Tuesday, February 07, 2012

Once upon an industrial economy

Yet another new store has opened in the neighbourhood. It has been crafted with a lot of love. However, the thought of Swami Aiyars recent article stuck in my mind. Are retail stores really the hangovers of the industrial economy?

When you think of it, it does seem to be so. The whole idea of having physical stores is that they are the intermediary from the factory to the consumer. And with the internet, a fair amount of the non-grocery shopping (even in India) can be done off the net. So, as a company, the need to invest in physical retail space where all the customer does is walk in, browse, stand in a queue to buy stuff seems as unreal as having to walk into an airport, check off the flights, pick which flight to fly from and then get your ticket.

When was the last time most of us booked a ticket at a counter? Any ticket? Air, Rail or Bus? Indeed, most movie tickets are also booked online.

So, why grocery? Or books or toys?

In the past couple of years, I have switched to Flipkart. Initially, I thought I would save money by not having to go all the way to a store, end up buying coffee and a book at full MRP. But that has not happened Рnot because of Flipkart prices Рthey are great Рbut because, I have ended up buying more books than I would have if not for flipkart! Be that as it may, do I miss a bookstore? Not one bit. I have specific categories of books I read and many a time, they are not always available Рbut on a website, there is no such problem Рthey source it for you and deliver it free of cost. So, book stores, IMO are pass̩.

Ditto, reservation counters for any mode of transport.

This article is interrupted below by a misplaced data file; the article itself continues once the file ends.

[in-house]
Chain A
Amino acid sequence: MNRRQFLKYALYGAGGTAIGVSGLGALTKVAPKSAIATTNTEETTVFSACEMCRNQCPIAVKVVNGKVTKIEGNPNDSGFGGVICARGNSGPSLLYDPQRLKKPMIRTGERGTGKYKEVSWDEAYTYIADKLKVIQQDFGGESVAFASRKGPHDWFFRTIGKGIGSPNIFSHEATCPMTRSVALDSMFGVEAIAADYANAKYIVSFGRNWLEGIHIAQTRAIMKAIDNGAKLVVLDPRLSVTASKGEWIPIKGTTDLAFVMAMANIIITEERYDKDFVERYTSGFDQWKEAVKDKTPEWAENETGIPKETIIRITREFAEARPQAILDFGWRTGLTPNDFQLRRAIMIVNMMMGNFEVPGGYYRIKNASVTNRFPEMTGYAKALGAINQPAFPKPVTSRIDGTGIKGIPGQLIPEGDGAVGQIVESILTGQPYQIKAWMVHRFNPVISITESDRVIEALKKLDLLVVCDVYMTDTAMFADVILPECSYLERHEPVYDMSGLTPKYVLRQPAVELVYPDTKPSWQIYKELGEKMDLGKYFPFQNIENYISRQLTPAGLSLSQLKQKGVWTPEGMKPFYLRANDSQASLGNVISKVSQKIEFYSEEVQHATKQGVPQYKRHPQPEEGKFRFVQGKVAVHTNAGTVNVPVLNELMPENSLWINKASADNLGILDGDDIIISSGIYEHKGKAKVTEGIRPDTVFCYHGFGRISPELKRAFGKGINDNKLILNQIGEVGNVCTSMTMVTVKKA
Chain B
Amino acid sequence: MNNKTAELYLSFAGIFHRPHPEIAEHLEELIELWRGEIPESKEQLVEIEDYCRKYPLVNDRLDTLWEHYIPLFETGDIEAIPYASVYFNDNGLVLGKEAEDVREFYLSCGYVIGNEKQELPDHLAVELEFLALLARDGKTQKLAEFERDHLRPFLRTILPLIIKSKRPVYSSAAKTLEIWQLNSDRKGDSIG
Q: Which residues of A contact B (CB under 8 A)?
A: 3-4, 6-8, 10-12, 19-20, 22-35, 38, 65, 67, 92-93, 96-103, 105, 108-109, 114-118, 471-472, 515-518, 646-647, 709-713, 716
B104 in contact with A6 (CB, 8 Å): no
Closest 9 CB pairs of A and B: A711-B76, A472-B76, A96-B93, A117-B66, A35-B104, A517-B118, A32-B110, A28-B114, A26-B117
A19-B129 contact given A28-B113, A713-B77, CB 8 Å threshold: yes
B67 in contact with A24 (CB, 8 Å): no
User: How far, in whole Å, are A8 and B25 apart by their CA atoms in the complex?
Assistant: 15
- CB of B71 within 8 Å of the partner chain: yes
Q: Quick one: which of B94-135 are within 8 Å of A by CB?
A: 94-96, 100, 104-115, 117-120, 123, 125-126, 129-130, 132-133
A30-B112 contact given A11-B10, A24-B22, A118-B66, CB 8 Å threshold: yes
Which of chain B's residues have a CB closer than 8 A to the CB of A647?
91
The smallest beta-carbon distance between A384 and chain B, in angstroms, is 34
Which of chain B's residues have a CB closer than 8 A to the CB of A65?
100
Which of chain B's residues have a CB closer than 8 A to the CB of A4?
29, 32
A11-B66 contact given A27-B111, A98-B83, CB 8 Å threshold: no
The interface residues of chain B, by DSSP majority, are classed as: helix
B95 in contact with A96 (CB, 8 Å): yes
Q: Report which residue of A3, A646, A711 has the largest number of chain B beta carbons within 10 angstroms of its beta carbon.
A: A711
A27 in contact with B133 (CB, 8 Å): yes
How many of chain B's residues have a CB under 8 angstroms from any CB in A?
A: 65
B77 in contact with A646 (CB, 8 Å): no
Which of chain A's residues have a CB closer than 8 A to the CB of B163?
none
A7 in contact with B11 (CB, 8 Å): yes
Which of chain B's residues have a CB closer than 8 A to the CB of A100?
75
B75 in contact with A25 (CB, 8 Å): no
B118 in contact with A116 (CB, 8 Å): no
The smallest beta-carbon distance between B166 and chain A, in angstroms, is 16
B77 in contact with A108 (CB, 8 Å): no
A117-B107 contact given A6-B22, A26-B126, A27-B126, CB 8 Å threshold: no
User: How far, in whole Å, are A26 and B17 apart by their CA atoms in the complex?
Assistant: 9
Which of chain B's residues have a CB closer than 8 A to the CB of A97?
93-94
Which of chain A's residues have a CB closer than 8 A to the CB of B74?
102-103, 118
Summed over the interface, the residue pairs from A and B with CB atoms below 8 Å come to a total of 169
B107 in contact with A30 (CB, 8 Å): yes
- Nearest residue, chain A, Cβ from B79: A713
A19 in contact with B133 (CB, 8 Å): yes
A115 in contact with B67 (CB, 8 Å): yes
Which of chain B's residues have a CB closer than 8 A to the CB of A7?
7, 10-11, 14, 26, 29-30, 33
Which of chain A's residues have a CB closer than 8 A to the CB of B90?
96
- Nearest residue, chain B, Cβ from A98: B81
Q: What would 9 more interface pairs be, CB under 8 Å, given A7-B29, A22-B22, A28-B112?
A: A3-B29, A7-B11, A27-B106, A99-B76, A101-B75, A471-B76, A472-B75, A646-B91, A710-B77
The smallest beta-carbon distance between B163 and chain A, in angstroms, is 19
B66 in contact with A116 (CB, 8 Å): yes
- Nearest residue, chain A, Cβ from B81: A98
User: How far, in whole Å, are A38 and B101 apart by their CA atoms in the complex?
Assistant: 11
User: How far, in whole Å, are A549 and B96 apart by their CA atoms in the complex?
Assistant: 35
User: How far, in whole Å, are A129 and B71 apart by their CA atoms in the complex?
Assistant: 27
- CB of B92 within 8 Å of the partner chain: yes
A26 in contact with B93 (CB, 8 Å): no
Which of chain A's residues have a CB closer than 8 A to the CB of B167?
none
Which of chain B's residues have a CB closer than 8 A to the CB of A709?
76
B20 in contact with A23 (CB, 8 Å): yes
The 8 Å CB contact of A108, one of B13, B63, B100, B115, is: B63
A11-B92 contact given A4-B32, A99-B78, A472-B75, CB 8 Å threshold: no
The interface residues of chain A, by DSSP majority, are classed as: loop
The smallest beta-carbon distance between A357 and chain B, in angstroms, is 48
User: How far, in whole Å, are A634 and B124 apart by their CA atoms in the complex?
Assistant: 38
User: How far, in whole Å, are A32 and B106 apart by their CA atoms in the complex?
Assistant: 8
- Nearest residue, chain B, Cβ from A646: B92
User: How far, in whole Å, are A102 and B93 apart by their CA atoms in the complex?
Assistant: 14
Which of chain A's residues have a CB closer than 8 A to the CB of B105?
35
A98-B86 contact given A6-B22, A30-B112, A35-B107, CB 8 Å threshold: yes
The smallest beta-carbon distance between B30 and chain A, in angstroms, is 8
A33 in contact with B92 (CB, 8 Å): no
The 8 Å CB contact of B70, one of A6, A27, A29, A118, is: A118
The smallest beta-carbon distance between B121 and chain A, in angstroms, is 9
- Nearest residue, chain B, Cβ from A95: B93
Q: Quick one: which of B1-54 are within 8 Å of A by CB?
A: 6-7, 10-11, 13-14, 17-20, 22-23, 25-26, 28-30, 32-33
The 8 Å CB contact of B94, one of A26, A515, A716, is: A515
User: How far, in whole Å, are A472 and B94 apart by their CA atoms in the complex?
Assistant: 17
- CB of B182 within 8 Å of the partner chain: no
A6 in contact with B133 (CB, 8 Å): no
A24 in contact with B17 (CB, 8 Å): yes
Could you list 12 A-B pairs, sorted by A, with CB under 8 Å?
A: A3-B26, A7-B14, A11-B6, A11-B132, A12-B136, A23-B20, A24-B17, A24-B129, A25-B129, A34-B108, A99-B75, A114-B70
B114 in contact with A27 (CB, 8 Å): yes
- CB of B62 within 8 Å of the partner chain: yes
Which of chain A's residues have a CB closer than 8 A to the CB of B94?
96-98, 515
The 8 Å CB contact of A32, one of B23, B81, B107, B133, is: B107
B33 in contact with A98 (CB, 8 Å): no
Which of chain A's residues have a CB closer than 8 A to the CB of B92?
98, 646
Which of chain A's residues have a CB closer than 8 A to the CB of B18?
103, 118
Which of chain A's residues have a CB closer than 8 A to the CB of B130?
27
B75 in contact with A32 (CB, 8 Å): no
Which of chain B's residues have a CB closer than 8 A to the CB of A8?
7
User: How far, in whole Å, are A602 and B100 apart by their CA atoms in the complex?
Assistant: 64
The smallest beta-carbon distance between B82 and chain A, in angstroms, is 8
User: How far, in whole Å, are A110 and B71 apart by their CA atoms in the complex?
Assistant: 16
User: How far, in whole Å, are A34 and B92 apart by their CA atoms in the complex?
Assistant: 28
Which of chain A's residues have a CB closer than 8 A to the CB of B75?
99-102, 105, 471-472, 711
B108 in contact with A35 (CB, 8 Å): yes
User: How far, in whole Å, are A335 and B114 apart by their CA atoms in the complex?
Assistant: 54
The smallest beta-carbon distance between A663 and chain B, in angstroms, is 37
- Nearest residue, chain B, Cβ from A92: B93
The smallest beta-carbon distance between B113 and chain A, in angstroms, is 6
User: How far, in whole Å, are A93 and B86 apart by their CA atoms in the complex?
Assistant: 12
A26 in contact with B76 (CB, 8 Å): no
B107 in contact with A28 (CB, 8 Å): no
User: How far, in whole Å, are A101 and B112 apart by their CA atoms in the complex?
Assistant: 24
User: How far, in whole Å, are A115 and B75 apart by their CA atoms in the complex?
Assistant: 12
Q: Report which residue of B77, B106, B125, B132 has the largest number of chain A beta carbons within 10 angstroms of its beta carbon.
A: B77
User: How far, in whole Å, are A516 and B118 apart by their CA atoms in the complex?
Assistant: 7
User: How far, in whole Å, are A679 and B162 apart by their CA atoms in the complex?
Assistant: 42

Think about toys now. Most stores give you the same toys, sourced from the same manufacturer – so why go to one store over another – if all you are going to do is buy the same damn thing. Of course, service. But then, if I order off a website that gives me fabulous service without ever having to step out of the house (like Flipkart) – any other promise of service wont make me budge. And whats more I use that time to do other things with the kids. Yes, there will be times, when I wont have a gift at hand to give to the kids friends birthday party – I might need a store. But then, I would always give them vouchers and give them the power of choice. As it is, most birthday parties are a needless exchange of junk (this is filed for a future post). Sure, the kids loses the experience of browsing through and picking what she wants. Oh, well, I can get pretty much the same experience off the net.

Think about clothes. If you know your size, why bother going to a store? Why not buy it online? Indeed, I wish someone sold fabric on the net as well, but that’s a business opportunity I guess.

So, coming back to retail, why open a store? I think there are reasons – if you really really want to open a store, but a generation from now, we may wonder and laugh at the need for stores in the previous generation.

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